Shiboprosad Mukherjee and Nandita Roy on their incomplete dream to work with Rishi Kapoor
Shiboprosadâ€™s heartfelt note on the demise of the veteran Continue reading ...
Before the first quarter of 2018 drew to a close, it was decided that Rishi Kapoor would play the lead in our Hindi directorial launchpad. The production house in Mumbai had sent across the DVD of our Bengali film to him, which he agreed to do. We were about to begin our meetings when the news of him having taken ill surfaced. Rishiji left for New York for his treatment. The project was pushed back by a couple of months.
In February, 2019, when he was getting better, I texted him. He took no time to reply. His answer was, “Both Neetu and I have seen the film, not once, but twice. We had tears in our eyes.’’ He told me he could return well by end-July or August (2019). We got in touch with the production house. They asked us to move ahead. It was decided that we would get things finalised in New York itself. Rishiji was happy with the idea.
Nandita Roy and I boarded a flight to NY on July 2. He said he would meet us at our hotel and not the other way round, as that’s what an actor usually does with his directors. We met at Hotel Sofitel on July 5. He was a bundle of energy that afternoon. His loud guffaws still ring in my ears. He laughed and said since he had undergone blood transfusion, he wasn’t sure if his ‘actor’s blood’ was still there! He said if the role demanded him to learn something new, he was game, as he had a lot of free time.
I could feel that he was dying to get back to what he loved the most - acting. After the work-related conversation was almost over, Rishiji asked what we were doing that evening. He took no time to invite us over to his place and even asked what drink we preferred. He pronounced that his favourite was Black Label. We had taken with us two handwoven shawls for Neetuji and him. They were happy to accept them at their home in New York. He admired the kantha stitches and said all the raw talent came from Bengal. Meanwhile, he poured me and the rest a drink. I asked for a smaller one and he snapped at me for that. There’s nothing called a ‘small drink’, he said. We then went to an Asian-Chinese restaurant, where Rishiji ordered food for 10 though we were just five people. All the while, I noticed how concerned Neetuji was. Her eyes were always fixed on him, what he was eating, on which side of the road he was… it was as if someone was protecting a child. I couldn’t help but admire the beautiful relationship they shared. That evening, the conversation mostly revolved around Kolkata, Shantiniketan and of course, Bengali food. Rishiji wanted to shoot in Kolkata and was yearning to be in Rabindranath Tagore’s abode. I learnt that he was a lover of the famed Bengali mustard fish. He said we must work out what to eat during the shoot. I told him my production boy, Ganesh, is a cook par excellence.
Once he returned to India, we resumed talks regarding the rest of the cast. Every time I was in Mumbai, he would ask me to come over. He told me that a Bengali journalist had suggested that Neetuji and he should work in the Hindi version of our film Belaseshe (2015). He asked me for the film saying he didn’t know how to browse through OTT platforms.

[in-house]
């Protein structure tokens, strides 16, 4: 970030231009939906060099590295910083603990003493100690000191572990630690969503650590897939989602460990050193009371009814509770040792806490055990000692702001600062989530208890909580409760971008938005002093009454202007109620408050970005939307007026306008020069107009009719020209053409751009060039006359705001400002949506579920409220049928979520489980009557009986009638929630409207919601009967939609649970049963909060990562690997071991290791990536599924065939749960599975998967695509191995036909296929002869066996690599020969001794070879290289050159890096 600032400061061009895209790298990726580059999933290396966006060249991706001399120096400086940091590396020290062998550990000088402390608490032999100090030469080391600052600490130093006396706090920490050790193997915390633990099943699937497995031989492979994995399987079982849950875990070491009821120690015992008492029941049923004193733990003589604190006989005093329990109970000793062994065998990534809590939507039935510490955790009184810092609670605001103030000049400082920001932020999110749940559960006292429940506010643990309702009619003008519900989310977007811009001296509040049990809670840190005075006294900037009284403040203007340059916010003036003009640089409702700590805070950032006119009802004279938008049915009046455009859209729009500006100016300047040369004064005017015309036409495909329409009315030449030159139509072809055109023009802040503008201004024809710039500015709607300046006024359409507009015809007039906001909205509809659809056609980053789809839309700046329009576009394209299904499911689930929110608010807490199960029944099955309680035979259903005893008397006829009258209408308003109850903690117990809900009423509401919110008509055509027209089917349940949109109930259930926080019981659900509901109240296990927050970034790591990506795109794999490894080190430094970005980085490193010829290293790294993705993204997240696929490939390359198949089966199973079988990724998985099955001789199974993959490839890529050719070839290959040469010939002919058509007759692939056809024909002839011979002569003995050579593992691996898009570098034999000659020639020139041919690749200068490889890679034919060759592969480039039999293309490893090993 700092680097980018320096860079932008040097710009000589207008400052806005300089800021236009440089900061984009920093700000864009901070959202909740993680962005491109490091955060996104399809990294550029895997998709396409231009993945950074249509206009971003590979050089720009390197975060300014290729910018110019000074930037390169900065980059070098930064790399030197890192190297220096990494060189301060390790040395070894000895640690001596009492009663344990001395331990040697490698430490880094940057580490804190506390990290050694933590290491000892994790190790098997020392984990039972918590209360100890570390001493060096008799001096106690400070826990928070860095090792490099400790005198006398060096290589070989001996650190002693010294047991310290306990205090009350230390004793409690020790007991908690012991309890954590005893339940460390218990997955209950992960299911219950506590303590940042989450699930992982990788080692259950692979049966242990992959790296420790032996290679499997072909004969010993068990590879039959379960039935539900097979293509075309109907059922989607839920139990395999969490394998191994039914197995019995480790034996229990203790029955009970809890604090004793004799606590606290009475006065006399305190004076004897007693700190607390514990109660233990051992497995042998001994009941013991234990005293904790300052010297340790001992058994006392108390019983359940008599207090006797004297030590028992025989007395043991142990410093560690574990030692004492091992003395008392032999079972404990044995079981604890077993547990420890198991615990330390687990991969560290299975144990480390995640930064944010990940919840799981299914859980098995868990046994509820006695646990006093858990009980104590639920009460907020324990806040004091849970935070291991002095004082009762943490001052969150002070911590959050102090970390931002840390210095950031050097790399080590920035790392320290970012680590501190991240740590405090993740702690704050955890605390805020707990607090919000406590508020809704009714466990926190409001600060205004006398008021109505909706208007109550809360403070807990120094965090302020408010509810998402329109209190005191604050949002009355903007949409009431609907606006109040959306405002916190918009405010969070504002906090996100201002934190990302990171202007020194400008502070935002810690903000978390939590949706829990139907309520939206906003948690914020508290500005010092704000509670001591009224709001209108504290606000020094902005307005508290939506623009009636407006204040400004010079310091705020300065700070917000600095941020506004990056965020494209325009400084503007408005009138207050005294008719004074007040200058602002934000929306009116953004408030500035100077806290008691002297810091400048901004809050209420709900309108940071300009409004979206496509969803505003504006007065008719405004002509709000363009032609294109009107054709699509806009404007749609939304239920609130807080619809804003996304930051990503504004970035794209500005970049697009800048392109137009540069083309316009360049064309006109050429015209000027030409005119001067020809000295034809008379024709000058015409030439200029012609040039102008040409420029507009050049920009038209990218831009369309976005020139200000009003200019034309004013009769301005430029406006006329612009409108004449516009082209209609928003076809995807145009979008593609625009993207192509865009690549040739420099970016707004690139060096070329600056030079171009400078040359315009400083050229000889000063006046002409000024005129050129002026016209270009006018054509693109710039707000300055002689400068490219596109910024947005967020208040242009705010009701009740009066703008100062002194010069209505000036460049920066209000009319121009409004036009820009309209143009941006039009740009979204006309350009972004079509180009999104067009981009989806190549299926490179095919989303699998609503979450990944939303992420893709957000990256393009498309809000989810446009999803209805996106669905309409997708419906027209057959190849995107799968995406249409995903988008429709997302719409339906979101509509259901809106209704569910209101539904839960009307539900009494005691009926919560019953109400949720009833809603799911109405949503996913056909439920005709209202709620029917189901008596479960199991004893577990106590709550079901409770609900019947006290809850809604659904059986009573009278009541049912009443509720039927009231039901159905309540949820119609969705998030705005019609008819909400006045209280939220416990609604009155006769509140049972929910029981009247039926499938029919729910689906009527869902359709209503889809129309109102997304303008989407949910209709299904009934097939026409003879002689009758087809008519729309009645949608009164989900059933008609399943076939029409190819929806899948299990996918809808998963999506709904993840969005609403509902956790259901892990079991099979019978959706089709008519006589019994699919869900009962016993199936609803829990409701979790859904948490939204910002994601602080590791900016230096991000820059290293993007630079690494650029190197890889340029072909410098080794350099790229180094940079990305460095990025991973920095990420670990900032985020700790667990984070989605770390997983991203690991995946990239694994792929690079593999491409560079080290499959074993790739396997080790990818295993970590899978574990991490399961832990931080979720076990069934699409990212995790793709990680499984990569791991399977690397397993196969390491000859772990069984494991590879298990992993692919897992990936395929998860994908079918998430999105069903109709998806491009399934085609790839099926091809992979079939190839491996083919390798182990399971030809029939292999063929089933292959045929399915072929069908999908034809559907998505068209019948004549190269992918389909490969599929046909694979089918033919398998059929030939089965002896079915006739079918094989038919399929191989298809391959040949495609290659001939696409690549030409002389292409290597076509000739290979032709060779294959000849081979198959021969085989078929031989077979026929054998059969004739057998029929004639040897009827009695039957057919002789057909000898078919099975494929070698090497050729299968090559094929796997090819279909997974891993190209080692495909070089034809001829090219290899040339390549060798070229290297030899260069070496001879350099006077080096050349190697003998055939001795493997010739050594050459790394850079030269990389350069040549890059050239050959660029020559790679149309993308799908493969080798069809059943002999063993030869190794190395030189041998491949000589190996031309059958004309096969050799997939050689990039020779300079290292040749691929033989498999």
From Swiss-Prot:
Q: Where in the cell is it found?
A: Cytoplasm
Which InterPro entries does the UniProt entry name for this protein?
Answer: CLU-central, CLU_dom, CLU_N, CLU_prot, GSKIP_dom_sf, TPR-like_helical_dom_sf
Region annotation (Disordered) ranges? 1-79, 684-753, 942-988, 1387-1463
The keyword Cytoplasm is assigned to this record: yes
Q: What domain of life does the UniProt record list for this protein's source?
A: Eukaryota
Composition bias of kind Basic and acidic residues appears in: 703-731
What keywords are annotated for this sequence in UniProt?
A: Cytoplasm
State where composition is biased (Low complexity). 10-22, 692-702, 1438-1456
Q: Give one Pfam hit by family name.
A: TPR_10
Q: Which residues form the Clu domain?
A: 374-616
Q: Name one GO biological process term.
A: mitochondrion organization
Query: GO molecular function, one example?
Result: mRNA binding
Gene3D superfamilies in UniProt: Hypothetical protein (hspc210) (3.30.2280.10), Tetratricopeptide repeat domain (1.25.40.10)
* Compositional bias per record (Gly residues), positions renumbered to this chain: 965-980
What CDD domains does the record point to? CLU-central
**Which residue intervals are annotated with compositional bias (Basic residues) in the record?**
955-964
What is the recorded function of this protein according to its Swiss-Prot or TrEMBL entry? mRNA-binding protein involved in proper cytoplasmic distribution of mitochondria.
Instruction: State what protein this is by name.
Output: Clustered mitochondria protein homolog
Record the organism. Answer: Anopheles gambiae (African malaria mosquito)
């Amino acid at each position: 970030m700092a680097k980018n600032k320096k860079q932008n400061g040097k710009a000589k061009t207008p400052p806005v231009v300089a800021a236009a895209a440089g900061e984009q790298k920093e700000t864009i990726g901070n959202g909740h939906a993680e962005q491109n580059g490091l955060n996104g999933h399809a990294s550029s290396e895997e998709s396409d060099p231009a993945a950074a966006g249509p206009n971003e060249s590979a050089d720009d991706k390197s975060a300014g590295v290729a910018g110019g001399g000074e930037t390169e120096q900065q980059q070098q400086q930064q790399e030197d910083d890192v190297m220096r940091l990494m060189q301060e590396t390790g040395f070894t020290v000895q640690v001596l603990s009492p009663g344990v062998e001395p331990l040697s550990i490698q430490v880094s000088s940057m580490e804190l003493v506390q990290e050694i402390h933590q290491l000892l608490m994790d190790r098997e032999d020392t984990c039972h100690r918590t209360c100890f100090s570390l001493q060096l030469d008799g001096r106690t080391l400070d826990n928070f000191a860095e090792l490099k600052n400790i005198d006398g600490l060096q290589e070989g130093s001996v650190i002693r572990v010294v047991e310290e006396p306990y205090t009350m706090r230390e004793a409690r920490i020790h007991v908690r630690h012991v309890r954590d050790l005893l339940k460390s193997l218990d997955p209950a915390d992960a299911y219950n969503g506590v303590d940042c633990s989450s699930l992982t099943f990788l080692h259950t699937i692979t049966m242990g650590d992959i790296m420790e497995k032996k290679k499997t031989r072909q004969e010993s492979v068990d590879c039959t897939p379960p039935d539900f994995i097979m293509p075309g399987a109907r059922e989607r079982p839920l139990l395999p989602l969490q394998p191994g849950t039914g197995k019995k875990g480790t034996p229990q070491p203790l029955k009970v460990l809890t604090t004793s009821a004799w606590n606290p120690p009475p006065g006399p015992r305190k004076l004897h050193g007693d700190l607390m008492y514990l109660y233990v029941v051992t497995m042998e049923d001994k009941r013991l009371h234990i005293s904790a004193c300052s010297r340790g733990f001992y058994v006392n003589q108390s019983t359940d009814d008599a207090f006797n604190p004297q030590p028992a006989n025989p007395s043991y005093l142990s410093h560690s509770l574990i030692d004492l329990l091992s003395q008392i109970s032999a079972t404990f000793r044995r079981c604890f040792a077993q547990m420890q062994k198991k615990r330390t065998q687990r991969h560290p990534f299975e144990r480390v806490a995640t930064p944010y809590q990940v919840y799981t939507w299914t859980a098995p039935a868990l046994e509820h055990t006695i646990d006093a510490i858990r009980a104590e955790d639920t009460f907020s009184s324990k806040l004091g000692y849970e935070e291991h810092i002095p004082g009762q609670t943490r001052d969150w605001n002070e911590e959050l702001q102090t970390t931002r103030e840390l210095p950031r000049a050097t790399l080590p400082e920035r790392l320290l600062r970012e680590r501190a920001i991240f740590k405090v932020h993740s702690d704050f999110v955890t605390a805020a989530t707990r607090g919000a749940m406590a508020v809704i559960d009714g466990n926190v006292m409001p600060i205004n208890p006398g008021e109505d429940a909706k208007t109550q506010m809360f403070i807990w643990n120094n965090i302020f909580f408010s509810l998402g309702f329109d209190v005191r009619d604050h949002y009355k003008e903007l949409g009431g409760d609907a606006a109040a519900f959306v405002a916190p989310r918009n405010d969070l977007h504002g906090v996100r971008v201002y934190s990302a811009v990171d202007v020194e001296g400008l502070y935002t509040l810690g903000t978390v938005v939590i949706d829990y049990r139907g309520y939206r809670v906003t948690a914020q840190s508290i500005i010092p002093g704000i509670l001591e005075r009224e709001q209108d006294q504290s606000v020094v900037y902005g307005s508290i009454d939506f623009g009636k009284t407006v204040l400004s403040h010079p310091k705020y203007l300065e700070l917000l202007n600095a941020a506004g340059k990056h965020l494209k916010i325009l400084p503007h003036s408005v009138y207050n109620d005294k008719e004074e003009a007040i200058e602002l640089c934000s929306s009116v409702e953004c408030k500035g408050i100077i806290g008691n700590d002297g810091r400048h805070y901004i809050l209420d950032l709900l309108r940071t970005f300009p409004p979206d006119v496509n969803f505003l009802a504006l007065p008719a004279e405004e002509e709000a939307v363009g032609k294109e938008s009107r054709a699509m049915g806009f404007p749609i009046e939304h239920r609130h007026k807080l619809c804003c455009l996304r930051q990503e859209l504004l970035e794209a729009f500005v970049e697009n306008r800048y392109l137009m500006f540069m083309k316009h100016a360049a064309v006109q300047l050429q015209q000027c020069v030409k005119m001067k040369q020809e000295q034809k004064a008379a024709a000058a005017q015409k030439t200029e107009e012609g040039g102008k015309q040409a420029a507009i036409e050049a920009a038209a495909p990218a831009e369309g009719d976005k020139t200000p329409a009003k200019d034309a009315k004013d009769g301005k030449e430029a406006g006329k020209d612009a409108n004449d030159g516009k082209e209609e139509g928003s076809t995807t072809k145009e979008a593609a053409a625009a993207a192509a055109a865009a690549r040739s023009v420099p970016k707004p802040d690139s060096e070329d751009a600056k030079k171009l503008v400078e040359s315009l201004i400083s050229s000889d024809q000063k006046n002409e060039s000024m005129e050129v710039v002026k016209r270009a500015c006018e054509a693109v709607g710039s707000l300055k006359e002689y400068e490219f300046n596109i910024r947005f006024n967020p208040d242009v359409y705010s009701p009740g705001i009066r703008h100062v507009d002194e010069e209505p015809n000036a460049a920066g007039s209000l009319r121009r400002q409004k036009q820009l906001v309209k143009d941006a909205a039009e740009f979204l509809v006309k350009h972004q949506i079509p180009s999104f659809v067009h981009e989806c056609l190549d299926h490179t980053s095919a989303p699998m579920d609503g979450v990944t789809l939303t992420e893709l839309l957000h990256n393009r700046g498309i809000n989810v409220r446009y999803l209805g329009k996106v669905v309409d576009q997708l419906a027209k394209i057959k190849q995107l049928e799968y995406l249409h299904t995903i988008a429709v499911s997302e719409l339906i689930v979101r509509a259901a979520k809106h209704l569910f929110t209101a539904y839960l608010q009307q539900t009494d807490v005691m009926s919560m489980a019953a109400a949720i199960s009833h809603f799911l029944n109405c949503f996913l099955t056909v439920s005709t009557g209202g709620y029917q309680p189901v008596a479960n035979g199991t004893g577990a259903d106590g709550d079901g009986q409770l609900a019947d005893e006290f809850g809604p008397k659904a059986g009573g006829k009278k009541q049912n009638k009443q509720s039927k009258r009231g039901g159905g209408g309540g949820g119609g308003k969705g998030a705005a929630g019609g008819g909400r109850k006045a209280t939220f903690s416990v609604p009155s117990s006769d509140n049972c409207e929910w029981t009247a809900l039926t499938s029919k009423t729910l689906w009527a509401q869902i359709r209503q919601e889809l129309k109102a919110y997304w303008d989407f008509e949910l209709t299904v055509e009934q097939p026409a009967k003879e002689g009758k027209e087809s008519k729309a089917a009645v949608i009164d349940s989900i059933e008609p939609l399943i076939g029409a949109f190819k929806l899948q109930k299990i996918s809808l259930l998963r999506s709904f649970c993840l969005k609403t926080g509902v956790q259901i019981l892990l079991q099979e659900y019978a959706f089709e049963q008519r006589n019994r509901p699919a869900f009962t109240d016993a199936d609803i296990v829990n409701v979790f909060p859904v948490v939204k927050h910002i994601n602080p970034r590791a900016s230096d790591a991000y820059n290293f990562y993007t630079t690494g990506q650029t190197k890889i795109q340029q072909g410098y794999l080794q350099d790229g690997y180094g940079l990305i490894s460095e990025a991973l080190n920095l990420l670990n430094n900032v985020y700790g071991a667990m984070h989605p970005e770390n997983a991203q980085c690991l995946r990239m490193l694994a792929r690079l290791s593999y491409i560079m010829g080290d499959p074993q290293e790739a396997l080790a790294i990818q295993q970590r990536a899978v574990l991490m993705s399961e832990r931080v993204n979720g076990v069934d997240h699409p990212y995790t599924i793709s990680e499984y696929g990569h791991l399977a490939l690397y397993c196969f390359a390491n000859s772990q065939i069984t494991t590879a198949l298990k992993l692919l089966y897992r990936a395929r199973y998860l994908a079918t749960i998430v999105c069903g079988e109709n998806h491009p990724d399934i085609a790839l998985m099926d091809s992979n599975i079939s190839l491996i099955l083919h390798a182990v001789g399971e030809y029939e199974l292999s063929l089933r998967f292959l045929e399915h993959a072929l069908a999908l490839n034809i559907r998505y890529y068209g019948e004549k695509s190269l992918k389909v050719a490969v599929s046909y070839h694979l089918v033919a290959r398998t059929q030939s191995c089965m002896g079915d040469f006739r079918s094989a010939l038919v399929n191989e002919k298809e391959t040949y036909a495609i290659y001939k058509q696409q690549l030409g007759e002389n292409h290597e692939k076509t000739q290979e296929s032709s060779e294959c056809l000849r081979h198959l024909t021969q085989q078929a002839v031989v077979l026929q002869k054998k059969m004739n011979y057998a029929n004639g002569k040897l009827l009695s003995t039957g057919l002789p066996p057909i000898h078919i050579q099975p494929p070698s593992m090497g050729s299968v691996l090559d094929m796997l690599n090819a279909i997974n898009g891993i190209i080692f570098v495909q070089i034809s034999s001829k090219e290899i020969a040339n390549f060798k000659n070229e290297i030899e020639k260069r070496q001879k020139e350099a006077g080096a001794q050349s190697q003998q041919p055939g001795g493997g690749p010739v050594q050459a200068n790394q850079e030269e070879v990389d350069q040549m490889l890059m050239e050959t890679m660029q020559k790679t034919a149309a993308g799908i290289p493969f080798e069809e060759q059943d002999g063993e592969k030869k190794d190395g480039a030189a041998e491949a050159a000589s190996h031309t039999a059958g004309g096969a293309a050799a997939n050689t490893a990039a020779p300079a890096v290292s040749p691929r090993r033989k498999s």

He also expressed the desire to savour some mustard fish. He wanted to meet my wife, Zinia, who’s a good cook. He invited us over to their residence, Krishna Raj and asked us to prepare a Bengal rice-fish meal for them. I had packed Bekti fillets and a big hilsa cut into pieces in an ice box. Since it was inconvenient to cook in an unfamiliar kitchen, Zinia made fish fries and mustard ilish at our sister, Indrani’s place in Worli. Even before we were done with the cooking, calls started coming in by the dozens. Rishiji was punctual about time. Once we reached their home, Rishiji was excited like a child. Neetuji said she wanted to learn the Bengali way of cooking fish for him.
That evening, Kunal Kapoor, son of the late Shashi Kapoor, joined in. The conversation revolved around the Calcutta of Raj Kapoor and Shashi Kapoor. The family has immense respect for the city for and the connection that Raj Kapoorji shared with it. Neetuji also spoke about shooting for Yaraana at Netaji Indore Stadium and the excited Kolkata crowd that lined the streets to catch a glimpse of their favourite stars. They were surprised to learn from us that Fairlawn Hotel in Kolkata, where Shashiji would put up during his long stays in the city, still has a room named after him. It was an evening of discoveries.
I was concerned about his health after I read that Rishiji had taken ill in Delhi. Every time I heard any such news, I’d leave him a message and he’d reply much to my relief. Given the bout of illness, our film got pushed back further as he was already shooting for one. On March 26, we last spoke when he said he’d like to begin the shoot fast. On April 21, I texted him saying I wanted to speak to him. That was for the first time he didn’t reply. I would be lying if I said I wasn’t worried. Some stories are destined to remain incomplete. Ours is one such.